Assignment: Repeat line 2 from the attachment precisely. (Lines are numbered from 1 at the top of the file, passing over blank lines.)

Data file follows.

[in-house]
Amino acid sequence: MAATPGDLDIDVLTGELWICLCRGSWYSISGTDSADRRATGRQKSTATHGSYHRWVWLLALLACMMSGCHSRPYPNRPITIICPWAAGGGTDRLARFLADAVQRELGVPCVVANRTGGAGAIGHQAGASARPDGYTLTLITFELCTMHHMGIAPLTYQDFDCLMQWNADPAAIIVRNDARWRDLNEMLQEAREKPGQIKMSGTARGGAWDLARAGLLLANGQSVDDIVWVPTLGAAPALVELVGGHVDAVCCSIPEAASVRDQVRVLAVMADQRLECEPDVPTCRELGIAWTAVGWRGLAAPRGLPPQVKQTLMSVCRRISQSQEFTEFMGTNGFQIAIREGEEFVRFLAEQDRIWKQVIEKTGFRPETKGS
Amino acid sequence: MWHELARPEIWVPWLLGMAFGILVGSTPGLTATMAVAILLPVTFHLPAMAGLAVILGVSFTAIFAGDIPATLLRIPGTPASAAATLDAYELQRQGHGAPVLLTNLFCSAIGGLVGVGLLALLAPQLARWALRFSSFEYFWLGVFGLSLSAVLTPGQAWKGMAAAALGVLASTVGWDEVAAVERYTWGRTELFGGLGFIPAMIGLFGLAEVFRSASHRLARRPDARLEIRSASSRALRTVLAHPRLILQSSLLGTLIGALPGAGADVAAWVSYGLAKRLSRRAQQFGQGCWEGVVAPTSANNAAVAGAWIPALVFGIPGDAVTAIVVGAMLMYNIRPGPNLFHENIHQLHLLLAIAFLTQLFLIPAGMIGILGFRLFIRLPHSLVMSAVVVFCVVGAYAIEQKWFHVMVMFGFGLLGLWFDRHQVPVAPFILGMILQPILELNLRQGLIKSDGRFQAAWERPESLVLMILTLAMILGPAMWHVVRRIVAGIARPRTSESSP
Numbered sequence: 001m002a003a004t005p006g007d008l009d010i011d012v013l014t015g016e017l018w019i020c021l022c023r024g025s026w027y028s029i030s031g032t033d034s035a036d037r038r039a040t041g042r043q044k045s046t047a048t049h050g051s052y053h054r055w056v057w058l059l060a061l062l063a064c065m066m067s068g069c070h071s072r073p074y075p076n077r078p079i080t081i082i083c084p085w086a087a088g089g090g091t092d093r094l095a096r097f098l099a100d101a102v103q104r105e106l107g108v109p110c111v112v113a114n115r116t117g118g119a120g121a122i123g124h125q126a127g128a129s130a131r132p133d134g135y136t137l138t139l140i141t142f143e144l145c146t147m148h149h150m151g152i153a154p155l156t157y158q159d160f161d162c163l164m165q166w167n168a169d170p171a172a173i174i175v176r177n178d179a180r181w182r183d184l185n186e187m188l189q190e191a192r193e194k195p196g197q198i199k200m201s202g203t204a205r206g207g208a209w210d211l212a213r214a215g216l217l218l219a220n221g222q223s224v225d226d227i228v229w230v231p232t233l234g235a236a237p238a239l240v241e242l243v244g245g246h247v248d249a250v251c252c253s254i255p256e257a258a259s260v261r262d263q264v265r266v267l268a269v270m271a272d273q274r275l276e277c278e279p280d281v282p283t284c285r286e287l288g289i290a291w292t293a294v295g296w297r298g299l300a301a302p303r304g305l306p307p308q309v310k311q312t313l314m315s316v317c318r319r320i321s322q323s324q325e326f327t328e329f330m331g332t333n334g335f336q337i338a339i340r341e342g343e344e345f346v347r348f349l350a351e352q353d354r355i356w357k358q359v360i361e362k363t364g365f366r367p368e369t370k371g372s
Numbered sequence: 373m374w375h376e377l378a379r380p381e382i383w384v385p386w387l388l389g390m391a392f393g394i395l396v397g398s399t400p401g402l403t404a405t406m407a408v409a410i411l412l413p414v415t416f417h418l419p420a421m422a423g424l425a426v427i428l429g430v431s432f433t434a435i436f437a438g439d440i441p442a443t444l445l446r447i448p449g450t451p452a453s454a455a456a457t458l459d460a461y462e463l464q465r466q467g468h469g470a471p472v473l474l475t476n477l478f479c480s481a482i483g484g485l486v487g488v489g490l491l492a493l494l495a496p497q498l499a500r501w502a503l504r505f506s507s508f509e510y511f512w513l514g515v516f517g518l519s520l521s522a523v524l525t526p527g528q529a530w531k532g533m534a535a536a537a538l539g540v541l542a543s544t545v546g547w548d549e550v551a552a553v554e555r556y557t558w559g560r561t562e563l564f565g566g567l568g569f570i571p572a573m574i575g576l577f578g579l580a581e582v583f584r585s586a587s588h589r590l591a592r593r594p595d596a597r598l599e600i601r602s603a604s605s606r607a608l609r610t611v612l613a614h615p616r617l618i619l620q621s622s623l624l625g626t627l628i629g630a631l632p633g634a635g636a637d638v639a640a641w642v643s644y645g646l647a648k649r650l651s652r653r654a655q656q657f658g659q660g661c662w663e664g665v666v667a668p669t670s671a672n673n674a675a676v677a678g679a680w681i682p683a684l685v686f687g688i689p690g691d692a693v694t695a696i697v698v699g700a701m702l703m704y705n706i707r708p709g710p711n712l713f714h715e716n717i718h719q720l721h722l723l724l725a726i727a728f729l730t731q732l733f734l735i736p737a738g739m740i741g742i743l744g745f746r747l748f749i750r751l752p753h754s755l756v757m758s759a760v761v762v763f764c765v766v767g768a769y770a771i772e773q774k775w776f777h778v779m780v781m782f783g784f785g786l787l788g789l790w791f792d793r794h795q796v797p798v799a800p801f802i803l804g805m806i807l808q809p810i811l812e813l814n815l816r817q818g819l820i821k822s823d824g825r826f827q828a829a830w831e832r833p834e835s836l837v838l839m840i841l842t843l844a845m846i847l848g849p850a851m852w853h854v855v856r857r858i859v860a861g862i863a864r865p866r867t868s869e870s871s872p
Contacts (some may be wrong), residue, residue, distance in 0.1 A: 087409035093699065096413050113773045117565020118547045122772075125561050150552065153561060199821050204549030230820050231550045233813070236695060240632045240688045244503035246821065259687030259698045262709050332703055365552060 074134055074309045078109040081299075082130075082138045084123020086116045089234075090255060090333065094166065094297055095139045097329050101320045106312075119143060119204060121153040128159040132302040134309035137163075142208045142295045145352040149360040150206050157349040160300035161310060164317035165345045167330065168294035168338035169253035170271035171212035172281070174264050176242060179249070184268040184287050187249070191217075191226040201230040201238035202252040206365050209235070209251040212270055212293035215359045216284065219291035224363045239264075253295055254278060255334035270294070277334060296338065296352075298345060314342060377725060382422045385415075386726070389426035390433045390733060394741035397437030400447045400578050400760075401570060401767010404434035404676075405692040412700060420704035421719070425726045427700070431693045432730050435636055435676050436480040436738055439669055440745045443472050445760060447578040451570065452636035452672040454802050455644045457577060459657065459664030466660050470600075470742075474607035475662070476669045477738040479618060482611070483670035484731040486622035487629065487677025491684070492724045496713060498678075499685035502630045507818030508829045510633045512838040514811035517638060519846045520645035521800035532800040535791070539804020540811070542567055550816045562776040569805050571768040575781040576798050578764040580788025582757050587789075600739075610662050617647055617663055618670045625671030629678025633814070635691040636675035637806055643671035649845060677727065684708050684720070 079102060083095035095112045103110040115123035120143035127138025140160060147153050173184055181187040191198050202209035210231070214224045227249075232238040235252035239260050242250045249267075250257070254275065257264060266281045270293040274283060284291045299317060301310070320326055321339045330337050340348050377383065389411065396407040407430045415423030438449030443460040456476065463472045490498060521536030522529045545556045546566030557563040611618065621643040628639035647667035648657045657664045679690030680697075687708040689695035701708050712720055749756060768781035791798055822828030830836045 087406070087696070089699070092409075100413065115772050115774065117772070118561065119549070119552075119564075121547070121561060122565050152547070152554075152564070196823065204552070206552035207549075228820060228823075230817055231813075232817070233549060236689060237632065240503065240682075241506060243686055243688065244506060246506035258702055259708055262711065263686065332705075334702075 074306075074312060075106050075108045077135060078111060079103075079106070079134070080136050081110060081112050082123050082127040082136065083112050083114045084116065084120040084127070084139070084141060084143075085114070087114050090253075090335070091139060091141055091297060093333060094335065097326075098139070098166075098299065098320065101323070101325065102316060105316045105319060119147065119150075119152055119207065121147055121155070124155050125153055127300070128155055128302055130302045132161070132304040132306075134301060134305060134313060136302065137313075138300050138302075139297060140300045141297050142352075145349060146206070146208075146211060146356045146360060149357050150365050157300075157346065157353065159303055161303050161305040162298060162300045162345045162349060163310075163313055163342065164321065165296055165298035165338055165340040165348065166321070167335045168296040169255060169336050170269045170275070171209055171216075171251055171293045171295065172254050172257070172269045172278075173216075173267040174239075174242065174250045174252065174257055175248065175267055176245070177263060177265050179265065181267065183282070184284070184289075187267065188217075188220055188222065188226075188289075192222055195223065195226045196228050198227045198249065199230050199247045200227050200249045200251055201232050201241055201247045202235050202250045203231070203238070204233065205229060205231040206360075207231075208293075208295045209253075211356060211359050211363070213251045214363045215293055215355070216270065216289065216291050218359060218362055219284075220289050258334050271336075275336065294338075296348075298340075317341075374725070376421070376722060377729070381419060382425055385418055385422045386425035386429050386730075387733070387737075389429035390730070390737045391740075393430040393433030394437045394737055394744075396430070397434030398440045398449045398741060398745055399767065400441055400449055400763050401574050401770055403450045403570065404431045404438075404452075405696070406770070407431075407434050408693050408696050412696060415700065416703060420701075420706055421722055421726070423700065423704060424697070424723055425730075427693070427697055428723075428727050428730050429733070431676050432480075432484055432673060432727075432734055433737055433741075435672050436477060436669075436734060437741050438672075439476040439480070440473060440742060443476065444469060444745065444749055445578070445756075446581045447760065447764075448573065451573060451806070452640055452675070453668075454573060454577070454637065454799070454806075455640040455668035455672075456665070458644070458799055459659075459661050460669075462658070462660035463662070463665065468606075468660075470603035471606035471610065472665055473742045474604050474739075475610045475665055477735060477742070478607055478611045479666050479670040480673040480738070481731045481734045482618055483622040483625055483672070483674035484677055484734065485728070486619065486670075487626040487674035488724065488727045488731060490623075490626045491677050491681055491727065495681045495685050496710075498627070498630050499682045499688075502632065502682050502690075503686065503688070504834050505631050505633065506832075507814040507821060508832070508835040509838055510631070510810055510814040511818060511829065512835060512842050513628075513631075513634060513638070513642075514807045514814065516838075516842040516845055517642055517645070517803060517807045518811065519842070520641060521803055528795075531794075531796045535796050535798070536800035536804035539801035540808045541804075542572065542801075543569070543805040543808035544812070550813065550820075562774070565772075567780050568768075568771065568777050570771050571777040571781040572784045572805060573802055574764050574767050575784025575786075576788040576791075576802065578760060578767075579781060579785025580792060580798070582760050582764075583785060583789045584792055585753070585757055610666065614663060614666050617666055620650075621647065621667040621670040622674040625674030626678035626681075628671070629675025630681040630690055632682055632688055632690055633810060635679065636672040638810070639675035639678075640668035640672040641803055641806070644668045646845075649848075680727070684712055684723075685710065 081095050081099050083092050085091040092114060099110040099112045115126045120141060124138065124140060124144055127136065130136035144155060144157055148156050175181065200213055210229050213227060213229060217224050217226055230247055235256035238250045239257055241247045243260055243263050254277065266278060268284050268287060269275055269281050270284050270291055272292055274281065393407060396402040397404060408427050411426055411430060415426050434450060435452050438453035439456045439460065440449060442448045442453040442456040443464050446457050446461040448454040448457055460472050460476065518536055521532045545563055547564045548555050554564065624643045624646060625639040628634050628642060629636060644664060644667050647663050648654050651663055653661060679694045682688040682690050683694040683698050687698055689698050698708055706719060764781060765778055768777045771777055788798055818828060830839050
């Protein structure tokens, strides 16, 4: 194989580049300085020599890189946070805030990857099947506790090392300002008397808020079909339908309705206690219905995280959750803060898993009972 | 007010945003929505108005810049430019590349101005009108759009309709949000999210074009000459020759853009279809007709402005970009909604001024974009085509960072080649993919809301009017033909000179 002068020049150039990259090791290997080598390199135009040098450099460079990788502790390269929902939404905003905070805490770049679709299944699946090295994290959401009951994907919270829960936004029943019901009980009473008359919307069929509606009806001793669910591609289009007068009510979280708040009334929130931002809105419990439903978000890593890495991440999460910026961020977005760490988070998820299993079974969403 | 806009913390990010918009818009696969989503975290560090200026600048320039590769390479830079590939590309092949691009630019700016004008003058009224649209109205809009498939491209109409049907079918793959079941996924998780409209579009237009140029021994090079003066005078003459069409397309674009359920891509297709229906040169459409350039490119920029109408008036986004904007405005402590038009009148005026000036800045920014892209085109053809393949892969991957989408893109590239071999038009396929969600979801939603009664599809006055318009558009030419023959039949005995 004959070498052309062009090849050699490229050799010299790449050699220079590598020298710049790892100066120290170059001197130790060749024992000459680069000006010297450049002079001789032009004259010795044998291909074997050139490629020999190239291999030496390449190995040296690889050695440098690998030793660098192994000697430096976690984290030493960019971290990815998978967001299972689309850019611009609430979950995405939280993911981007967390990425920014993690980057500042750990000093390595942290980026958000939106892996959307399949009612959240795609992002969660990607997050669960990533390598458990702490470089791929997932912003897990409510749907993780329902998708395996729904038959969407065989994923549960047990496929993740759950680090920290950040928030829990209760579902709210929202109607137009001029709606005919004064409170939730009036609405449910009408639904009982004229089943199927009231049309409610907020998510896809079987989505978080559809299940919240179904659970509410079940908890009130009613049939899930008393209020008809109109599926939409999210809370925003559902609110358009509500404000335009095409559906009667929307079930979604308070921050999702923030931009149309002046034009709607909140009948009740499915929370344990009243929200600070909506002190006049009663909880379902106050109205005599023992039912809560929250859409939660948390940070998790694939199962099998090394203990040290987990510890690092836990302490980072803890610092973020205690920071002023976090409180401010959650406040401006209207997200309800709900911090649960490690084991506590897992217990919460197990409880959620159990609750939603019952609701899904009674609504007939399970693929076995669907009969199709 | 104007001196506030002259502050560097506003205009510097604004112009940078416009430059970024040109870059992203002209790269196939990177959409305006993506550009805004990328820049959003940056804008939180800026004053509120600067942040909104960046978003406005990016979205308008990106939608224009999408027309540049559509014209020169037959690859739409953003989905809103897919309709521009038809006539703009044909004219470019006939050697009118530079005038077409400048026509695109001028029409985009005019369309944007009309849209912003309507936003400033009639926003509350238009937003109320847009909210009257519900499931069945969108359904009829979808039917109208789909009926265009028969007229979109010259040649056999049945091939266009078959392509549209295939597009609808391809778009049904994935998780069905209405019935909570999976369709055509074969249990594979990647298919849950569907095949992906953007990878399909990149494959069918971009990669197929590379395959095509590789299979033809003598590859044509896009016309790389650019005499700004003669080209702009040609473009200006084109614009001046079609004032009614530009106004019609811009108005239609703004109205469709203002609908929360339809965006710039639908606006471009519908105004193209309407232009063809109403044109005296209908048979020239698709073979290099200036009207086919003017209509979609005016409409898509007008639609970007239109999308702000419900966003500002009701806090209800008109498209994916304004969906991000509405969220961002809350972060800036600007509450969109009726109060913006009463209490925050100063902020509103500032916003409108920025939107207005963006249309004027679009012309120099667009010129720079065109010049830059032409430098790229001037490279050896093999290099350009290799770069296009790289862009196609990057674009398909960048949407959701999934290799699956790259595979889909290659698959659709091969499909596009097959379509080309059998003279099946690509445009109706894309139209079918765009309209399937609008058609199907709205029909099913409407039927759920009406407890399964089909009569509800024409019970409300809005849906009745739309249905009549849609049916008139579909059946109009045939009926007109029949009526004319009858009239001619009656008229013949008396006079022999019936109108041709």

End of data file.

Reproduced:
Amino acid sequence: MAATPGDLDIDVLTGELWICLCRGSWYSISGTDSADRRATGRQKSTATHGSYHRWVWLLALLACMMSGCHSRPYPNRPITIICPWAAGGGTDRLARFLADAVQRELGVPCVVANRTGGAGAIGHQAGASARPDGYTLTLITFELCTMHHMGIAPLTYQDFDCLMQWNADPAAIIVRNDARWRDLNEMLQEAREKPGQIKMSGTARGGAWDLARAGLLLANGQSVDDIVWVPTLGAAPALVELVGGHVDAVCCSIPEAASVRDQVRVLAVMADQRLECEPDVPTCRELGIAWTAVGWRGLAAPRGLPPQVKQTLMSVCRRISQSQEFTEFMGTNGFQIAIREGEEFVRFLAEQDRIWKQVIEKTGFRPETKGS